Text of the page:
You get fan mail at the bar?

People just write “Ian Rankin, Scotland” on the envelopes and somehow they magically end up at the Oxford bar.

I always thought the opening line of ‘Wild Horses’ was ‘Tired of living,’ though I now discover that it is ‘Childhood living.’ What I am getting at is that the words are certainly important in creating the general climate of emotion, but it is the tune that always gives the words their potency. It is the tune you hum and dance to, and most of the ideas for the tunes seem to have come from Keith.
Keith has spent decades slurping, shooting and snorting such prodigious quantities of chemicals that he looks as though the stuff has taxidermied his tissues, like some Inca mummy; and all that while he has produced work of such quantity and originality that he had changed the face of rock music as decisively as he has changed his own physiognomy.
My understanding of the Mick-Keith arrangement was that Keith was the genius of the Glimmer Twins, who managed for years to hold the Number One spot on the New Musical Express list of Rock Stars Most Likely to Die - and yet who contrived to sleep with some of the most exotic women of the Western world: Uschi Obermaier, Anita Pallenberg, Patti Hansen, you name it.
It’s a hummingbird bathing orgy. I chortle in delight at the bizarre poses the birds strike as they revel in their first real bath. Who would imagine that hummingbirds would Iie down on their breast and scoot along like penguins, roll on their sides, or close their eyes and rub their faces on the damp leaves like luxuriating cats?
This once skittish bird seemed to have completely lost his fear of us, and he’d bathe merrily in the birdbath as I weeded less than ten feet away. On my hands and knees, I could feel the spray flying from his fluttering wings. A bird will not bathes if it feels the least bit threatened, because wet feathers spell vulnerability to predators.
There are a lot of raptor rehabilitation facilities around but very few places that will take songbirds. The simplest reason is that raptors need to be fed once a day. Most of the songbirds that get in trouble are orphaned nestlings, and they need to be fed every twenty to forty-five minutes, dawn to dusk, for a period of weeks.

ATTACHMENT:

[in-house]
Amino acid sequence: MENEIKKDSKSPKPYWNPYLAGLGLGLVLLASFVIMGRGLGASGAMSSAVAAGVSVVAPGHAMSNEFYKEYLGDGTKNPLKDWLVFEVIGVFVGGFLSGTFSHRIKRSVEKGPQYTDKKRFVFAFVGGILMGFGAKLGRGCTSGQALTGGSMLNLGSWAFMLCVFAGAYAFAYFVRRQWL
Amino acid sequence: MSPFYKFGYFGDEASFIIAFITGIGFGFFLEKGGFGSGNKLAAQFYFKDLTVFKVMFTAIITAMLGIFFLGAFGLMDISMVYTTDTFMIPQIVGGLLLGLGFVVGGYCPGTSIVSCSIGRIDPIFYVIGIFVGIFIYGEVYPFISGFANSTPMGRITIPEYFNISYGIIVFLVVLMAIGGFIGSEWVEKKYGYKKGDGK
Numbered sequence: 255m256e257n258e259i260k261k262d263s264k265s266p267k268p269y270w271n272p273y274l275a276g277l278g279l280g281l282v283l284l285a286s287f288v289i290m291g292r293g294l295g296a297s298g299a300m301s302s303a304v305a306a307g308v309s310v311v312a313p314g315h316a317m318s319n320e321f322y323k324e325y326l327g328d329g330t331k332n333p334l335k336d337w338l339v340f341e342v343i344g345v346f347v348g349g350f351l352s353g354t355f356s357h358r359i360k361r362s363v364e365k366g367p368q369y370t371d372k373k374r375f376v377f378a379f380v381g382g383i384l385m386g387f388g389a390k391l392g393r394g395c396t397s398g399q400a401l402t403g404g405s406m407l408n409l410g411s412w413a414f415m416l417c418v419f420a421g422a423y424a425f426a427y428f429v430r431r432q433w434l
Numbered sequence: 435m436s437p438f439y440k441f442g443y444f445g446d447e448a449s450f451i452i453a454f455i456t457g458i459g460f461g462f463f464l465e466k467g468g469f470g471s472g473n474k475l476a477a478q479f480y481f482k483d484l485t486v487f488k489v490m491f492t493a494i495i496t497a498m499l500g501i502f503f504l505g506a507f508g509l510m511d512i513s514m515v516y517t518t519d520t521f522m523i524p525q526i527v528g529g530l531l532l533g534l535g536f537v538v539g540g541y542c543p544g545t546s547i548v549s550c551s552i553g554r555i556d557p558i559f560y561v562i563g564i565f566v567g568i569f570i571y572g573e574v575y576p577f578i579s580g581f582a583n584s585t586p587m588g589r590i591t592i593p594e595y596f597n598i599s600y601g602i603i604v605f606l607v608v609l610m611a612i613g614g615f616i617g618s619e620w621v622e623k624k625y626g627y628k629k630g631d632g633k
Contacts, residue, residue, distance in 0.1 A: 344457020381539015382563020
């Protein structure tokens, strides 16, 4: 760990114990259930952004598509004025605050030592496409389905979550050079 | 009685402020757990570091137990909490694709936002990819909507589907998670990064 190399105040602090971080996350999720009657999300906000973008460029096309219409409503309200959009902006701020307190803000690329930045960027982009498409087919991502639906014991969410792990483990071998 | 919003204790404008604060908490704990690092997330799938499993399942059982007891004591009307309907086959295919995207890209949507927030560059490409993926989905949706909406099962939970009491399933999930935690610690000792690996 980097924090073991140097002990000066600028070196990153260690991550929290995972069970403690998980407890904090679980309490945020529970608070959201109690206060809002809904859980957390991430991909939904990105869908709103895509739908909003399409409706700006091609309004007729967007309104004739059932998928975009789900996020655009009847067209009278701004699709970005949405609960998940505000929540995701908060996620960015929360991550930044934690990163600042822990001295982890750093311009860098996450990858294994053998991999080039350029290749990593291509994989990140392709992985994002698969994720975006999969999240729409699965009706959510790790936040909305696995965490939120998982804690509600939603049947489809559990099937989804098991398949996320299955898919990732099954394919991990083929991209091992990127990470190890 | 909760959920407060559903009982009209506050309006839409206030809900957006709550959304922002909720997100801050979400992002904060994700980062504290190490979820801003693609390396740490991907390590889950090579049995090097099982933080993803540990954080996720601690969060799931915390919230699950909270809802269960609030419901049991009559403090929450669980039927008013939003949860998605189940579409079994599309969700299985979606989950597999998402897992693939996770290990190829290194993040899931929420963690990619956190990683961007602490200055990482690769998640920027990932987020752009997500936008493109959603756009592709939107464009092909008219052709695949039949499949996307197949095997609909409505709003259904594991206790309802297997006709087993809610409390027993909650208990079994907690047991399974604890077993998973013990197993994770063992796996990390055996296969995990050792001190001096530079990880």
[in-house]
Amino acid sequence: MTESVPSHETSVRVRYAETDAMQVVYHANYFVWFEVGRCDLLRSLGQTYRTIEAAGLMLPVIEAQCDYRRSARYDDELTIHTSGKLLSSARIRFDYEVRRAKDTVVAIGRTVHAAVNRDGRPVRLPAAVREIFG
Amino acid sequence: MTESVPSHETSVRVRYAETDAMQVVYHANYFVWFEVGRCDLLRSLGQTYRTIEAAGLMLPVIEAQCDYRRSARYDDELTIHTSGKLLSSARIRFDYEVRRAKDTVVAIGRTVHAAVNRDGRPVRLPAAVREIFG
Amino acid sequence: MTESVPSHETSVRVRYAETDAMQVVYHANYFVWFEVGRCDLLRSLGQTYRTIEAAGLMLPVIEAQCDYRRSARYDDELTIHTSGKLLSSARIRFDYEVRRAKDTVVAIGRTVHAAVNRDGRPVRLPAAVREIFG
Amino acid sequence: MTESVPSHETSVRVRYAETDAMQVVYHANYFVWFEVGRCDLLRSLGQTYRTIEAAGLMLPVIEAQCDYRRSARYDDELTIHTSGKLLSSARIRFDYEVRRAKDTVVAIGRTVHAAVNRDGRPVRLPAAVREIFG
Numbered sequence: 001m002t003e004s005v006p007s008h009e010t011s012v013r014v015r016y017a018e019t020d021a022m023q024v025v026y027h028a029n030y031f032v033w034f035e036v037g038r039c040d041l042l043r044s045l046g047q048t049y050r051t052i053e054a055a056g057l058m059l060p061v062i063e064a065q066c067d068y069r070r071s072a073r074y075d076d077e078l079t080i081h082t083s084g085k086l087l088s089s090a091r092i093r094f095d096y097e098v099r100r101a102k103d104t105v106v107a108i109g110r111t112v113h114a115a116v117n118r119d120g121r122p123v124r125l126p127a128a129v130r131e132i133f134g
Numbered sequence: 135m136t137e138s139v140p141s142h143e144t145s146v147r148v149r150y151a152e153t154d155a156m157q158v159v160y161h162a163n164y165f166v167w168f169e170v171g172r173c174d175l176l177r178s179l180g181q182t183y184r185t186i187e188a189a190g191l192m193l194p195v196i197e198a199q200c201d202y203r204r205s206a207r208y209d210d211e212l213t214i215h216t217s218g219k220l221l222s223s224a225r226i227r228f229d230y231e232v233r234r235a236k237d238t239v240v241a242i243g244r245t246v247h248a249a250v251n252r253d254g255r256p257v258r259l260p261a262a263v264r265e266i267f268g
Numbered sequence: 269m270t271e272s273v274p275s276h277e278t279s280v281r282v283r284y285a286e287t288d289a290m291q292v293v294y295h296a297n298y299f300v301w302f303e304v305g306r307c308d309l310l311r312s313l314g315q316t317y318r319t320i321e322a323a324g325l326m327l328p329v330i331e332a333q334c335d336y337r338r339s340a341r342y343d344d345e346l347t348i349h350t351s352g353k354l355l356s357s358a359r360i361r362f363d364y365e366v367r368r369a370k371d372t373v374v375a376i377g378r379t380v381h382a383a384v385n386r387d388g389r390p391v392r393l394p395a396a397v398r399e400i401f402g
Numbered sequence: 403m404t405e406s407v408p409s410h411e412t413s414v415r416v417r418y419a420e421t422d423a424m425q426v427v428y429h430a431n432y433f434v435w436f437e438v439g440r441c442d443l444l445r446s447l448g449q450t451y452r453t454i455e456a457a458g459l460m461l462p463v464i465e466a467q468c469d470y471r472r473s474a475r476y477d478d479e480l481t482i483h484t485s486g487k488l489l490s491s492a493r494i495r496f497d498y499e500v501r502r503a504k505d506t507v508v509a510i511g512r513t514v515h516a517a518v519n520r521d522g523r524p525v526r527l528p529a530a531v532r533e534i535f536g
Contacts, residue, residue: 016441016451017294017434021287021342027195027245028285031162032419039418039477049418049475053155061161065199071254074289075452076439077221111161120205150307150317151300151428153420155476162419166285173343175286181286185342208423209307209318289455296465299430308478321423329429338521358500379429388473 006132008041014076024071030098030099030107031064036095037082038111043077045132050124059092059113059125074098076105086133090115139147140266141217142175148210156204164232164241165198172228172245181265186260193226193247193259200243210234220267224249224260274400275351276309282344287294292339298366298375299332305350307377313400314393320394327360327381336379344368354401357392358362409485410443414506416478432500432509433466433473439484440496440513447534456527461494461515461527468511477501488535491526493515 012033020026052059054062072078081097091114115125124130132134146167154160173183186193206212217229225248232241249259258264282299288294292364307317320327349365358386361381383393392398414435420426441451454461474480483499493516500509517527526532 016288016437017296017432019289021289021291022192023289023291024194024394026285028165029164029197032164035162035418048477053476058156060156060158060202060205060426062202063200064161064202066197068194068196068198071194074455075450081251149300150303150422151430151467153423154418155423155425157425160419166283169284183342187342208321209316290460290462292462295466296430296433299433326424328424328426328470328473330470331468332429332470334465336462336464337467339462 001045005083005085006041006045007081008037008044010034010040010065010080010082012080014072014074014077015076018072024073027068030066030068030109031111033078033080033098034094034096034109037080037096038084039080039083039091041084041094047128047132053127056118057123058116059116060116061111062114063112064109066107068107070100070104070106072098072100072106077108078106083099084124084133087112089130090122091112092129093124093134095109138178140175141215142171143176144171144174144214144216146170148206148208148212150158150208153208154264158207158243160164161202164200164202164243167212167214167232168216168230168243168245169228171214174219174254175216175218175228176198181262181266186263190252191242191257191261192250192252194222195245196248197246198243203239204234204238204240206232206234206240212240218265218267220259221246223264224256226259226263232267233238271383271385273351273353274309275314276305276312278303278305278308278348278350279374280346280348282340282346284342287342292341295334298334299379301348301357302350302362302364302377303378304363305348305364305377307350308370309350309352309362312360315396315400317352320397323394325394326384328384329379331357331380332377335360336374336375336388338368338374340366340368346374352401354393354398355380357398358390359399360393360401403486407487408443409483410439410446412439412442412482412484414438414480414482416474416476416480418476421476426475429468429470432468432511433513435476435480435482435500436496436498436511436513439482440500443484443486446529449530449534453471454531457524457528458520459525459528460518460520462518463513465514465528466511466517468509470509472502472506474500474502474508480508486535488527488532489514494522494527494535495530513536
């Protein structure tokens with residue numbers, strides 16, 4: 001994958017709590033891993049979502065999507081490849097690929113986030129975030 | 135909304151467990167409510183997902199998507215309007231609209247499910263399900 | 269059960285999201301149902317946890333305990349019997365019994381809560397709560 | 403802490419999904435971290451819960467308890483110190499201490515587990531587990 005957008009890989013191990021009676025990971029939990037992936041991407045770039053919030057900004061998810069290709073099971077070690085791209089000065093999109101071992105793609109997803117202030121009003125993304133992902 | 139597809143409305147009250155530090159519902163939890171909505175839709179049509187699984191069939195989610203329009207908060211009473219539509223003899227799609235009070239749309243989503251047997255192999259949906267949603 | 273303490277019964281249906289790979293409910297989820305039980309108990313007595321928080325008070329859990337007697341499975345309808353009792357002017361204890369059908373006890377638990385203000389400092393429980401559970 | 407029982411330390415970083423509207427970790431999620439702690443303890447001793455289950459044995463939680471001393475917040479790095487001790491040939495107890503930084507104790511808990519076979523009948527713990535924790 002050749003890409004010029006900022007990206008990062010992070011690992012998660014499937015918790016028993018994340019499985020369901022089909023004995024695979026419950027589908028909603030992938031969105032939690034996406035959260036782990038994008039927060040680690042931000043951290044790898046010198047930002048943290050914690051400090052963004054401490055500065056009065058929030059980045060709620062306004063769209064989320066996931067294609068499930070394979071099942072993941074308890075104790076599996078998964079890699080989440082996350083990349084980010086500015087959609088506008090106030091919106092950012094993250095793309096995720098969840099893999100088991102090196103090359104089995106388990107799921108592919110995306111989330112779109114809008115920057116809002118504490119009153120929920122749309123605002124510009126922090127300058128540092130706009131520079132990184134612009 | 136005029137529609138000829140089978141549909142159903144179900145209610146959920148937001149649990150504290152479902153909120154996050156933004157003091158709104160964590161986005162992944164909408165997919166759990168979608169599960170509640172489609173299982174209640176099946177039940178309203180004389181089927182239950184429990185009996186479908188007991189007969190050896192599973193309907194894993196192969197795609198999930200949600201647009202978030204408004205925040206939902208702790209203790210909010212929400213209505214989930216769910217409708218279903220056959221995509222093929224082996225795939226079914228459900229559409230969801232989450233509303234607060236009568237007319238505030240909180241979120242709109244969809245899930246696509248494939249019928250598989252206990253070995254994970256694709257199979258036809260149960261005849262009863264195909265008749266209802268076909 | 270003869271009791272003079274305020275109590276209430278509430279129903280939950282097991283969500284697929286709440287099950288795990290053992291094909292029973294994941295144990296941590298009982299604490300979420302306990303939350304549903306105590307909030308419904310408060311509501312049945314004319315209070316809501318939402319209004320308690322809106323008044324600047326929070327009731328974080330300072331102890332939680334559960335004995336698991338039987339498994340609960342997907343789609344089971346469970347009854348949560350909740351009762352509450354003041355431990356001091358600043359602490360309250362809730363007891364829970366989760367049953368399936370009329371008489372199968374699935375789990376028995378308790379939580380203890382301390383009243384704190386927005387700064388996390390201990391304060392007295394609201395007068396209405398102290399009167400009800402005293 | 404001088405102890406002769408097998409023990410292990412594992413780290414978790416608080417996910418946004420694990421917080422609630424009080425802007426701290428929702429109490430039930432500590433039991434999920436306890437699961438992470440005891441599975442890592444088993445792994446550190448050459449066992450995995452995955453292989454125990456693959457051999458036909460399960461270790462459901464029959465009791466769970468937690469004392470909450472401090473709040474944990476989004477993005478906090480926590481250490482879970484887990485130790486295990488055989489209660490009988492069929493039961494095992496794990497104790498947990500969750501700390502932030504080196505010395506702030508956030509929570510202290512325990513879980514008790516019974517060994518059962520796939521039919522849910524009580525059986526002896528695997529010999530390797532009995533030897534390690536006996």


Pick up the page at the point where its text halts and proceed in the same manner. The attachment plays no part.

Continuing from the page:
… I stop for a red light and watch a starling on the wire overhead. It is flying repeatedly down to a spot in the middle of the intersection. I wonder what food could so entice it to dodge traffic again and again. Drawing closer, I see it walking tight circles around another sterling, just killed. It steps aside as the cars roar past, then returns to the dead bird’s side. It can only be the sterling’s mate. An hour later, I see the bird, still sitting on the wire, still watching what is now just a paste of feathers, unrecognizable to any but it’s mate.
Among the take-aways of ‘People Who Eat Darkness’ is that Japan is not a good place to be the victim of a terrible crime. This book is a scorching indictment of bumbling law enforcement there. ‘Japan has the cuddliest police in the world,’ Mr. Parry writes, comparing them to ‘a tribe of earnest Boy Scouts.’ The Tokyo force’s mascot, he notes, is not a stern hawk ‘but a cheerful orange fairy named Peepo.’

I know it’s strange to be thinking about October right now, but whenever I write, in a way that’s always where I am. Growing up in Connecticut, it always held a special place in my heart — “a rare month for boys,” as Ray Bradbury begins Something Wicked This Way Comes.

It was everything: The way the dying leaves clung to tree branches and crunched underfoot. The first wisps of chimney smoke that wafted in the evening air. The promises of free candy and a good World Series. These were the miniature miracles of my 12-year-old life.


But for me, the true horror of the book wasn’t the carnival or its soul-swallowing ringmaster. It was a hard truth — the truth that our parents weren’t always the heroes we needed them to be.

Bradbury’s adults were weak with temptation and worn down by regrets. They were real, and that was the horror of it all.